To help pay for an expanded child tax credit and other initiatives to aid the struggling middle class, the administration looks to impose new taxes on corporations or to close tax breaks.
Excise taxes to pay for environmental cleanup at Superfund sites would be reimposed on corporations to raise about $18.9 billion over 10 years. These taxes were eliminated in 1996.
A number of proposals to close corporate tax loopholes and make it harder to hide earnings abroad would raise $465.7 billion over a 10-year window. Many of these target multinational corporations that increasingly earn a greater portion of their profits abroad.
A congressional official with jurisdiction on tax matters, speaking anonymously because he wasn't authorized to talk to journalists, said it was unlikely that many of these business tax proposals would be adopted, however, because they didn't accompany a broader restructuring of corporate taxation.
Taxes now on the rich are likely, he said, because Democrats may not enjoy their comfortable congressional majorities after November's elections.
These measures would raise revenue by repealing tax breaks for families whose adjusted gross income exceeds $250,000. The level for single filers is $200,000. The tax cuts of 2001 and 2003 would be allowed to expire for these wealthier Americans, and they could pay a higher tax on stock market earnings and even be prohibited from the same mortgage-interest deductions that ordinary Americans take.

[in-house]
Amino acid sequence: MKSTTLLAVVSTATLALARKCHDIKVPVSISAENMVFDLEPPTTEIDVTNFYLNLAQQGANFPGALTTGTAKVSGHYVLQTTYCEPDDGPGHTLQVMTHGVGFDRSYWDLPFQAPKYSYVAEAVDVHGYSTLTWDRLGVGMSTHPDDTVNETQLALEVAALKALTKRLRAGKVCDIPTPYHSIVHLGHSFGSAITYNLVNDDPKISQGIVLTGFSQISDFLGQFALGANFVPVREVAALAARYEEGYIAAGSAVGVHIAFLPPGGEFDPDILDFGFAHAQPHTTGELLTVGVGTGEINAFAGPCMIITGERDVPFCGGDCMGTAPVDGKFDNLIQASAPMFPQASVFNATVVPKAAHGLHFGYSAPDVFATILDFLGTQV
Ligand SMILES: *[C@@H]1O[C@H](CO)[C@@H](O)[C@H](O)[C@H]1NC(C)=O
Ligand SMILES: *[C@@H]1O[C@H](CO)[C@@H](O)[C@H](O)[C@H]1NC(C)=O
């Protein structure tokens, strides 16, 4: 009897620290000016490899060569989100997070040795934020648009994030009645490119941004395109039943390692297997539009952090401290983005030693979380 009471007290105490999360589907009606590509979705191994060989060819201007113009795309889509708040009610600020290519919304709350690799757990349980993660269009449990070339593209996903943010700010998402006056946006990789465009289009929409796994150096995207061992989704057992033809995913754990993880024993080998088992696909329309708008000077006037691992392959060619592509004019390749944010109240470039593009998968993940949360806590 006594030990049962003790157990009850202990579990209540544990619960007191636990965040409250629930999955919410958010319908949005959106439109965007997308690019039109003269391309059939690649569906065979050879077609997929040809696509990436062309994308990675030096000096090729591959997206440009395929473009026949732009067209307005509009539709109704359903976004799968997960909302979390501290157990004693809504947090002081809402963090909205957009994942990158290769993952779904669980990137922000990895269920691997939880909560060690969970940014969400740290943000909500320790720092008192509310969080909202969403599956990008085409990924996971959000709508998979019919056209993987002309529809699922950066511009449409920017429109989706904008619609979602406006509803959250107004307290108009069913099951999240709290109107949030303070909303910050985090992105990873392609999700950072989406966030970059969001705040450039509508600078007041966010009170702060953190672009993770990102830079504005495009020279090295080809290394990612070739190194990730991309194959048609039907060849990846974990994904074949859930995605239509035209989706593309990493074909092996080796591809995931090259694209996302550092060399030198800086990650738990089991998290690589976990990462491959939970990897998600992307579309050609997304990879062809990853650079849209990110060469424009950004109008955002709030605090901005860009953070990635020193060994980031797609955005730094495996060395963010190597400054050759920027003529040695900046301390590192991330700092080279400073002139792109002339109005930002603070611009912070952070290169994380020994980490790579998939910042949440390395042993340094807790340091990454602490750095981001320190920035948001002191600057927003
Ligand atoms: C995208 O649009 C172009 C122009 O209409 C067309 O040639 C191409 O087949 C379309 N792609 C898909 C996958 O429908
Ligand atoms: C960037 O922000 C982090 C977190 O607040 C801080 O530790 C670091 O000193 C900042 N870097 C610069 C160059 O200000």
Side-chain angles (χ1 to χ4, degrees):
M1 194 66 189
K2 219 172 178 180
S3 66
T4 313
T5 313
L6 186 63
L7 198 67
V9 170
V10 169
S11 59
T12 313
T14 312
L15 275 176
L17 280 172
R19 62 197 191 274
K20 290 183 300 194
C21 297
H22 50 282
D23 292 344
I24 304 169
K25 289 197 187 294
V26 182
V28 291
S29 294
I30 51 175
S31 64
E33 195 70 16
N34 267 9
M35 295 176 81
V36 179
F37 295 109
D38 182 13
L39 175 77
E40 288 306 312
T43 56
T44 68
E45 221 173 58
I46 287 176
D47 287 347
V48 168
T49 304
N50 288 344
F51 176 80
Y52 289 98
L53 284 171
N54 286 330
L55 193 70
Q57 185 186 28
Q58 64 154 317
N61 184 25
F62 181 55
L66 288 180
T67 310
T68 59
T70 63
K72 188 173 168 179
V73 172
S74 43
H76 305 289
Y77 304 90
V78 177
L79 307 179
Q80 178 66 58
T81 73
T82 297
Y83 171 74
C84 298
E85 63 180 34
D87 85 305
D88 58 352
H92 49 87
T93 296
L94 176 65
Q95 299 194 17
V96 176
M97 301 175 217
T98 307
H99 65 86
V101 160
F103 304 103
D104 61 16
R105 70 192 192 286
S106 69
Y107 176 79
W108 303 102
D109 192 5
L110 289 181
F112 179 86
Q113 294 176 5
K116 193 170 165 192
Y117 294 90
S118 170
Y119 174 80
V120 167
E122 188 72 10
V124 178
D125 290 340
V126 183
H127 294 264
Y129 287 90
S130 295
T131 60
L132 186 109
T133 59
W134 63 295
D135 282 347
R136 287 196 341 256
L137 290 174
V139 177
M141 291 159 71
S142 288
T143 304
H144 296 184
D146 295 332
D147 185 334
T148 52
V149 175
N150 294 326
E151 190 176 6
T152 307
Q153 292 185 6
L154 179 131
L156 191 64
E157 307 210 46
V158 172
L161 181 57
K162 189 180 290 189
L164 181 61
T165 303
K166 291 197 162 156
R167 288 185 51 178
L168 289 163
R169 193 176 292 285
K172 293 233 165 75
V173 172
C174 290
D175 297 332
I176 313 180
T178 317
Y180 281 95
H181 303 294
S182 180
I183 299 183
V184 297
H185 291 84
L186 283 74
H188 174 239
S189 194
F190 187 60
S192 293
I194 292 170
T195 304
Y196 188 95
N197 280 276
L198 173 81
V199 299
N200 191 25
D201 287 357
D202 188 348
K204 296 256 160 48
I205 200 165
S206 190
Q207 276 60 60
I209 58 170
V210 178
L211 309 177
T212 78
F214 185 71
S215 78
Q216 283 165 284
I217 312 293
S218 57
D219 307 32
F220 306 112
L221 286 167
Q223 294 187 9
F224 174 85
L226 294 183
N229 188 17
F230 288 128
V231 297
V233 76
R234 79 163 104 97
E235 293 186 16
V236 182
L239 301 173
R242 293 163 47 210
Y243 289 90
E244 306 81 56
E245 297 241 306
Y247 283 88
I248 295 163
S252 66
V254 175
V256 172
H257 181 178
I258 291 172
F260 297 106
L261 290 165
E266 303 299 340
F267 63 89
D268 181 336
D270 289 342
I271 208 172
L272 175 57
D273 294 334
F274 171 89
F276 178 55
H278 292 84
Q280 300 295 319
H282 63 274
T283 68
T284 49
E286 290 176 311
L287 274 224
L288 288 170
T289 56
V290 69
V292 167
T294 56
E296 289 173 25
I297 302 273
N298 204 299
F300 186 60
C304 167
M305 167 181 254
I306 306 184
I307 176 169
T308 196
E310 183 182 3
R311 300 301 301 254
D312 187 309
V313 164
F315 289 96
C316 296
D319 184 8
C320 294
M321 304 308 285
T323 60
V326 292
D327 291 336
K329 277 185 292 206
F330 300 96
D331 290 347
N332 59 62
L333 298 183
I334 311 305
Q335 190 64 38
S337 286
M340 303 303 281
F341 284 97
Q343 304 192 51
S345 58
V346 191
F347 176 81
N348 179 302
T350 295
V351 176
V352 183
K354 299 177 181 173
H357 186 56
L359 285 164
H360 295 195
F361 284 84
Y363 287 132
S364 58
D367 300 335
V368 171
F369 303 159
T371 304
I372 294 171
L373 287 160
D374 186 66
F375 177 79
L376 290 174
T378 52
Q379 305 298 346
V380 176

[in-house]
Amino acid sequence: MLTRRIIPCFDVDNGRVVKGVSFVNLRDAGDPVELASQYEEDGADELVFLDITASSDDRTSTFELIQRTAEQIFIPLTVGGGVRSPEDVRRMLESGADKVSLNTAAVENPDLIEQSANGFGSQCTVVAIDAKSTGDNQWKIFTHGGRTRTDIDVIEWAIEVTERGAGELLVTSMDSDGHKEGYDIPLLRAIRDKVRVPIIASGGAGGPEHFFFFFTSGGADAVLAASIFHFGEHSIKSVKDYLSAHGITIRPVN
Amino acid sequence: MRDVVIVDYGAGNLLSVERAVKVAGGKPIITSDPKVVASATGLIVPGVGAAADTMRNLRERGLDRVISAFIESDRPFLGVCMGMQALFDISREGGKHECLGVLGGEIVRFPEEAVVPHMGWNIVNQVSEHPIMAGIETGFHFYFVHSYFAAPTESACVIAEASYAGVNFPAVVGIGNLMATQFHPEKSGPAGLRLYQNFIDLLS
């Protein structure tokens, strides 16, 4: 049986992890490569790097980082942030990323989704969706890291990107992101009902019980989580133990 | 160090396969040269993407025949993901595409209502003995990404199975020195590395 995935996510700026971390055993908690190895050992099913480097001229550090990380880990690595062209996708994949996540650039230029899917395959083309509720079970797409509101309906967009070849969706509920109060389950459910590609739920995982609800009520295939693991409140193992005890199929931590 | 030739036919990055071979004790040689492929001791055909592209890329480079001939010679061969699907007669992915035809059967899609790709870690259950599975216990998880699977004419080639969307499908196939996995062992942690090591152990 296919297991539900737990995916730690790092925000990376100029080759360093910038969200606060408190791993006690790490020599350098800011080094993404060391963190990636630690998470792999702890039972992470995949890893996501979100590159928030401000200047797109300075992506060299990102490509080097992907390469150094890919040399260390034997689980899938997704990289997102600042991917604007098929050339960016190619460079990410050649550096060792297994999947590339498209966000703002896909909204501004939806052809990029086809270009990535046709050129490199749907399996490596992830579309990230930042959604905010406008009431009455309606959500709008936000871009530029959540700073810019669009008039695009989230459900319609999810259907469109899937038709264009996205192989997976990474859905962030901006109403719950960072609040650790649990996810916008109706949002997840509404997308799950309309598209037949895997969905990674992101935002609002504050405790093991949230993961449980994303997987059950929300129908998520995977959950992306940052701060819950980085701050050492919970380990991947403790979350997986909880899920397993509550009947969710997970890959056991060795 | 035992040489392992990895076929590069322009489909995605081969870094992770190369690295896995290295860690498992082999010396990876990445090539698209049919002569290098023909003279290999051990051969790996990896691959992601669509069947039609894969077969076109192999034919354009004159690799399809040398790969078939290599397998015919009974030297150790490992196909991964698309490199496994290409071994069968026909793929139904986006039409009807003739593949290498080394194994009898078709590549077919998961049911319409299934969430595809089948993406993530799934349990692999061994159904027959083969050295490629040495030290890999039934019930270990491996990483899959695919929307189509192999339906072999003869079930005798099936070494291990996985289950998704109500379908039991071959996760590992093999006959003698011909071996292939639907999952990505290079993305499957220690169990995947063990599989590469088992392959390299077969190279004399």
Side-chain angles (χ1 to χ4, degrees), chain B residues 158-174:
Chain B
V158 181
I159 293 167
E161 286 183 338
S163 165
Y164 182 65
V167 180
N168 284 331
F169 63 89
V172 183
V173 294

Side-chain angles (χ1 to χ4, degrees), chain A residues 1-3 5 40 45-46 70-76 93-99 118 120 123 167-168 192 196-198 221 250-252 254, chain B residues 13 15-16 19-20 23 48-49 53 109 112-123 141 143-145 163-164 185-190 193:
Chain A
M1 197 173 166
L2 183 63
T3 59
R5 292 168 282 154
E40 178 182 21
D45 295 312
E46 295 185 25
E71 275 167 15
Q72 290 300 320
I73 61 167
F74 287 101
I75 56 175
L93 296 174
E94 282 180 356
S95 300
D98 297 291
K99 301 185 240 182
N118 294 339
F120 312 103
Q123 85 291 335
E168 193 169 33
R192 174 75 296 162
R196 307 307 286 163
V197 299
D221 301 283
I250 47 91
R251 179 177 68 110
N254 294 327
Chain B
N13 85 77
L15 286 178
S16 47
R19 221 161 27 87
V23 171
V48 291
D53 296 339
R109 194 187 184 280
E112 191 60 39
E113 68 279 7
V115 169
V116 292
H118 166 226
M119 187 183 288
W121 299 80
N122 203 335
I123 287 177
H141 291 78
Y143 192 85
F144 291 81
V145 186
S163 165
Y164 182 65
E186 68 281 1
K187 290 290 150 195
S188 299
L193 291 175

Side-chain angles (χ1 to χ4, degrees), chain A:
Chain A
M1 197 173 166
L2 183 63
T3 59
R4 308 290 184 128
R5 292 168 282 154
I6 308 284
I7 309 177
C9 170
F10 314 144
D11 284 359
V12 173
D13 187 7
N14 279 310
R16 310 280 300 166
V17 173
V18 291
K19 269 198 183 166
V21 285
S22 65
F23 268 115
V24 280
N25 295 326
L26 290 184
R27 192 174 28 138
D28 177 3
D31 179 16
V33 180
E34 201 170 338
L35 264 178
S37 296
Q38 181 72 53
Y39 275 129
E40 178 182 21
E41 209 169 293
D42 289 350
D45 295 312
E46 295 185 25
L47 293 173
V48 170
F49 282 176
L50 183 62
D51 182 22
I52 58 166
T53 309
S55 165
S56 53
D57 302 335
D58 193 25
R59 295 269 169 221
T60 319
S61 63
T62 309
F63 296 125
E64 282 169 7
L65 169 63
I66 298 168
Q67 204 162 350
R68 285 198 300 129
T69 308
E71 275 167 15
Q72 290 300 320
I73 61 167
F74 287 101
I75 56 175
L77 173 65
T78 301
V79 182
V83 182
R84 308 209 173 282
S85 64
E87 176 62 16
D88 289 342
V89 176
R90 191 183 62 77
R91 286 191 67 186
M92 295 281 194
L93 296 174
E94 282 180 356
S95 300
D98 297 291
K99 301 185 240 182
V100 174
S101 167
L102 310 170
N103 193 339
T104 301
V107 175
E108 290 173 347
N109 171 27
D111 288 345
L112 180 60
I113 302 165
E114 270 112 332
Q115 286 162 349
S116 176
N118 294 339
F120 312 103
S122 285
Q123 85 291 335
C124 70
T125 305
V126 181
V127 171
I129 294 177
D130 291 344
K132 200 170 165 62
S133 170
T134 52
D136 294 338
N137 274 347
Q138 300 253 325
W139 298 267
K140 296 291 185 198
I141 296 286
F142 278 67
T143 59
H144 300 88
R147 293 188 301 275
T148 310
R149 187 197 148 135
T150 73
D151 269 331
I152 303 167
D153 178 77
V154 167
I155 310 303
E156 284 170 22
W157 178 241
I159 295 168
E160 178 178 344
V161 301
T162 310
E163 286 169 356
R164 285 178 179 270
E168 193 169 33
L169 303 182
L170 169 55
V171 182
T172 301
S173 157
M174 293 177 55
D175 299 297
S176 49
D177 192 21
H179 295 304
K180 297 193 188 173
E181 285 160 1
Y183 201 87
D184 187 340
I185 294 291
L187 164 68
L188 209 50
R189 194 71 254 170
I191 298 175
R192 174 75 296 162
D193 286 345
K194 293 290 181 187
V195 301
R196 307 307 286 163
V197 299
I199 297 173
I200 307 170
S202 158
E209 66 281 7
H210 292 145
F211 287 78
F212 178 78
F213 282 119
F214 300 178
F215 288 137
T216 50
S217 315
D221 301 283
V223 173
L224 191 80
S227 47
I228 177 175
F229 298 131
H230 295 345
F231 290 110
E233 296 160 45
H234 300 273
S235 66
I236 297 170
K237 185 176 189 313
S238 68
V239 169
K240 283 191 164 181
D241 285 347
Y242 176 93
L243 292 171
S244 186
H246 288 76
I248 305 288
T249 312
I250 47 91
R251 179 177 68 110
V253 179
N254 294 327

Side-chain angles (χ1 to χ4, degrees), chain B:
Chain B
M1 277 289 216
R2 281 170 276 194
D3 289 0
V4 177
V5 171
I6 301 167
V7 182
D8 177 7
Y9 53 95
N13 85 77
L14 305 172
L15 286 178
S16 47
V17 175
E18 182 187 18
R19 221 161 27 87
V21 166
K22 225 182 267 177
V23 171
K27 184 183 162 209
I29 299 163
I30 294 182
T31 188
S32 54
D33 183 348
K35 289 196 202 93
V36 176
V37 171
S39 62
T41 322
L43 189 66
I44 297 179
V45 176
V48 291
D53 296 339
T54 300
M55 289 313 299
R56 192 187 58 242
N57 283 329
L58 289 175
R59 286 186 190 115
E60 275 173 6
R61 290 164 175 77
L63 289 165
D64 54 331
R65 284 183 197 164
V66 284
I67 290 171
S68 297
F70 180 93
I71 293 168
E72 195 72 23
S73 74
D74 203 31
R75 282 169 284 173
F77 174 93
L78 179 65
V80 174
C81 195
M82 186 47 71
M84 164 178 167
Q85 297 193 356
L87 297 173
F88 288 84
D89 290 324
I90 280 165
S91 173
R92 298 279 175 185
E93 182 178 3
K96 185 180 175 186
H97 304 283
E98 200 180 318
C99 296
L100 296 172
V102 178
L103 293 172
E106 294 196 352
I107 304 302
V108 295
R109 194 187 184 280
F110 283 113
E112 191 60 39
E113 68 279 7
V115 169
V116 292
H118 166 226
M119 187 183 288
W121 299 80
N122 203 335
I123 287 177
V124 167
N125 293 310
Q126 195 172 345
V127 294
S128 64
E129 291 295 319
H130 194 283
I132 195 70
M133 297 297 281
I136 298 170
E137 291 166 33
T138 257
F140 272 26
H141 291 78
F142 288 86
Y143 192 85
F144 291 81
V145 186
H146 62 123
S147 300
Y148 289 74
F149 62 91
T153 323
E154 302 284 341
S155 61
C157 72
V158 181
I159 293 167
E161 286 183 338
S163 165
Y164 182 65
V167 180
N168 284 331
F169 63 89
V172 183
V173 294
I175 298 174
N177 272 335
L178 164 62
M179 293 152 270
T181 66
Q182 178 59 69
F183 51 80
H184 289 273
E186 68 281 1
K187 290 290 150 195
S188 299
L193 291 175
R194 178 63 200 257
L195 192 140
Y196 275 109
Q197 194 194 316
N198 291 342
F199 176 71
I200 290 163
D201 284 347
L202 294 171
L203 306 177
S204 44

A senior administration official, briefing on the condition of anonymity in order to speak freely, explained that from 2002 to 2007 "65 percent of the income growth (in the nation) went to the top 1 percent" of earners.
Wyss, the economist, added: "You're looking at significantly higher taxes if you are doing well in this country. But at the same time, let's get real here. You're not going to do all of this on the spending side" to balance the budget.
BUDGET EXPLANATIONS CAN BE BAFFLING:
The Treasury Department's general explanations for the proposals to raise revenue in order to fund the federal budget sometimes can baffle.
Nestled deep in the document, called the Green Book because of its lime-colored cover, is a proposal to eliminate taxation of capital gains on investments in small business stock.
The tax break to aid small business would mean about $8 billion in lost tax revenue over a decade, and the proposal makes complete a 75 percent exclusion from capital gains taxes that was passed in last year's stimulus effort.
The problem is this: The elimination of capital gains for small-business stock investments wouldn't apply to companies that provide services in the fields of health, law, engineering, architecture, accounting, actuarial science, performing arts, consulting, athletics, financial services and brokerage services.
Also excluded are firms in which the main asset is the reputation or skill of one or more employees in banking, insurance, financing, leasing, investing, farming, production or extraction of items subject to depletion, hotels, motels, restaurants or similar businesses.
Three senior administration officials who were briefing reporters about the revenue proposals were asked what companies do qualify. They answered, on the condition of anonymity in order to speak freely: the same ones that got the 75 percent exclusion last year.
Who might those firms be? They couldn't specify a company or industry.
As of filing time, Treasury spokeswoman Sandra Salstrom hadn't answered a follow-up request for clarification.